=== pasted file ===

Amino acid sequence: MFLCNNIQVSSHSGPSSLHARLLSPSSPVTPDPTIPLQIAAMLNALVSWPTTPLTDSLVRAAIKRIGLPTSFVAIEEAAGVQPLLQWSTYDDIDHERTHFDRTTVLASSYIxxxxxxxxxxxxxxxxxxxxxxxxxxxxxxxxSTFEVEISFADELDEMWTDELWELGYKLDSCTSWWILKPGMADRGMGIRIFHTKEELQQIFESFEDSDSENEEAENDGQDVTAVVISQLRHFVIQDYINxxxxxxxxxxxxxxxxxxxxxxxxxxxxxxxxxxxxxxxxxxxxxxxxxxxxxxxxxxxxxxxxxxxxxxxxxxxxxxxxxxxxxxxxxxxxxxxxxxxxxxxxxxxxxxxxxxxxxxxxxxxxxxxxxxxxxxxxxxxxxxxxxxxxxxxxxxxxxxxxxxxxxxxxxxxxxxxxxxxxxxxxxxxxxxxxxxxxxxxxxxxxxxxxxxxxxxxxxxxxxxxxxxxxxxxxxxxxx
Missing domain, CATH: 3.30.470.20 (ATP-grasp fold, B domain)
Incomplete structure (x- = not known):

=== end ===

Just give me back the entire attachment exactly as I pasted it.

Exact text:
Amino acid sequence: MFLCNNIQVSSHSGPSSLHARLLSPSSPVTPDPTIPLQIAAMLNALVSWPTTPLTDSLVRAAIKRIGLPTSFVAIEEAAGVQPLLQWSTYDDIDHERTHFDRTTVLASSYIxxxxxxxxxxxxxxxxxxxxxxxxxxxxxxxxSTFEVEISFADELDEMWTDELWELGYKLDSCTSWWILKPGMADRGMGIRIFHTKEELQQIFESFEDSDSENEEAENDGQDVTAVVISQLRHFVIQDYINxxxxxxxxxxxxxxxxxxxxxxxxxxxxxxxxxxxxxxxxxxxxxxxxxxxxxxxxxxxxxxxxxxxxxxxxxxxxxxxxxxxxxxxxxxxxxxxxxxxxxxxxxxxxxxxxxxxxxxxxxxxxxxxxxxxxxxxxxxxxxxxxxxxxxxxxxxxxxxxxxxxxxxxxxxxxxxxxxxxxxxxxxxxxxxxxxxxxxxxxxxxxxxxxxxxxxxxxxxxxxxxxxxxxxxxxxxxxx
Missing domain, CATH: 3.30.470.20 (ATP-grasp fold, B domain)
Incomplete structure (x- = not known):